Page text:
Laundry: the weekly time-consuming chore that ties you up for some hours. If you’re one of us poor folks who can’t afford help, you’re likely to dread doing laundry, especially if you have to go to a laundromat. I’ve picked up some best practices on how to do laundry that I share here to help save you some time and energy while preserving your garments.
1. Get a hamper with 2 or 3 divisions (or use 3 buckets)
To save time when doing laundry, get a hamper with 2 divisions – 1 for whites and another for colored clothes – or with 3 divisions if you have clothes that need dry cleaning. Otherwise get 2 or 3 buckets or whatever containers you want to keep your clothes separated. It’s much easier than going through a big container and separating everything.
(I can hear men saying, “What do you mean ‘separate’ garments? Don’t you just throw everything in?” To avoid whites staining from color bleeds and to prevent whites from turning the color of faint pee, it’s best to separate colors from whites).
2. Wash whites last
Bleach should be all washed away by the time your whites are done washing but to be safe it’s best to wash whites lastly. Use warm or hot water to wash whites and never pour bleach directly on the garments as some formulas can stain the clothes.
3. Separate your socks
It’s a pain looking for socks in the washing machine – and sometimes you can’t even find them! There are 2 things you can do:
Get sock clips (this link is from the Container Store but you might be able to find cheaper ones near you). This is more time consuming to put together but makes it easy to put away socks since you don’t even need to look for the pairs; you might even decide to just put your socks away in the clips if you don’t want to fold them.
Keep a bag of sock clips hanging off the side of your hamper and pair up your socks before throwing them in the hamper. The clips can go in the dryer, too.
4. Use a mesh bag for small garments
Zippered mesh bags are your laundry’s good friends. You can put your socks (if you don’t want to use the clips mentioned above) and underwear in the mesh bags so you don’t have to look for and separate your small garments later. Mesh bags are sold as bags for delicate garments and they save you from the headache of detangling tights or pantyhose from your clothes too. I don’t recommend bags with strings as they usually open in the wash.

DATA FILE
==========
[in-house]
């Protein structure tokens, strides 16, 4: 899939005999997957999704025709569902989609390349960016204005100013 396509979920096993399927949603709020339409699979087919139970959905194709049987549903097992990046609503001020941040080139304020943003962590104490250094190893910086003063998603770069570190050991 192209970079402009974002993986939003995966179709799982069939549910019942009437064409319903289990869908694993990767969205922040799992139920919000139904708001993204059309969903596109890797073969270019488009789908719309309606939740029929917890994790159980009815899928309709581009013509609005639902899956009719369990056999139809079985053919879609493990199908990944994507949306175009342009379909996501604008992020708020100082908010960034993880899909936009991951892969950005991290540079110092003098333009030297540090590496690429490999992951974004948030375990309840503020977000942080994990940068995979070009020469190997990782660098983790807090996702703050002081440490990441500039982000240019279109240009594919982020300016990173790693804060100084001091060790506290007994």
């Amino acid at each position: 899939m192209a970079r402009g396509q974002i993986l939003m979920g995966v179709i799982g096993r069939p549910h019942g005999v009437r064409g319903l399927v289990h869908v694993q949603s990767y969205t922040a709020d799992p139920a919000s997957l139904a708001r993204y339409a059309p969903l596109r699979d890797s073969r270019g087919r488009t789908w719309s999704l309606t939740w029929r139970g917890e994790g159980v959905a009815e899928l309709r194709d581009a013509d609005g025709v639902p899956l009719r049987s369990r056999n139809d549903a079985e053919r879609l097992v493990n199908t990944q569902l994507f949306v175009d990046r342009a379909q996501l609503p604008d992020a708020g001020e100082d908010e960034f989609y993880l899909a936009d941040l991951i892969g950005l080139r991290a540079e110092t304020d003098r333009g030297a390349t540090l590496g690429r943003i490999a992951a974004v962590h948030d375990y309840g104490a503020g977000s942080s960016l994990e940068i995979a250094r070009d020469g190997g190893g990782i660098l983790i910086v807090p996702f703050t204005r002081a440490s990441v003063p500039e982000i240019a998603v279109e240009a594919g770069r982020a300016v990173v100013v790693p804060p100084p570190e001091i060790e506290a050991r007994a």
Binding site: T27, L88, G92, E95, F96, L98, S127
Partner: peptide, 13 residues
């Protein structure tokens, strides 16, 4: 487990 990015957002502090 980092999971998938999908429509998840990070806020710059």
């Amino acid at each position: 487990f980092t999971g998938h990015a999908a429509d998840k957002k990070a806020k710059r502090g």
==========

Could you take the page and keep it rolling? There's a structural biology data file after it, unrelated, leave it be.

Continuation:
(If you’ll be washing delicate garments with sequins or other decorations you should still turn them inside out to wash even when using the mesh bag).
You should be able to find a mesh bag with a zipper in a big home store or at a local 99-cent type of store. Hang your mesh bag on the side of your hamper and throw your small garments in there as you take them off. Don’t fill more than 2/3 of the bag though otherwise your garments won’t dry well.
5. Use cold water for colored clothing
Washing your clothes in cold water prevents or reduces color bleeding and fading as well as shrinkage and overall wear of clothes. In addition, it reduces a little your energy costs and CO2 emissions.
Unless you work with manual labor your everyday clothing doesn’t need the heavy cleaning hot water provides. For everyday sweat and dust cold water works just as well. For heavy sweat spots you can use pre-washing home treatments or buy products specific for this.
6. Dissolve the soap before throwing in clothes
This is for top-loading home machines. I used to put all the clothes in my machine then throw soap on top but that stained a few delicate garments. So what to do is run the water first and throw the soap in. Wait for the water to filla bit and dissolve the soap then throw in the garments.
7. Use drying sheets to prevent static
Especially in the winter, pulling clothes out of the dryer will give you a tiny shock. Drying sheets prevent this and make your clothes smell good. (You can use the used drying sheets to clean dust off your computer monitors and TV screens).
8. Use sweat pads to prevent sweat spots
Sweat pads are thin patches that prevent your shirt from touching your underarms and creating a sweaty spot. There are disposable and reusable pads, though I’ve only seen reusable ones for women as they need to attach to something like a bra strap. Disposable pads stick to your shirt’s underarms. I must confess that I didn’t find the disposable pads very comfortable but I know of many people who use them and can’t live without them.
Putting into practice the tips offered in this guide will get your laundry done in a practical and productive manner, leaving you dressed your best for the work week ahead. If you have any other laundry tips, please leave them in the comments!
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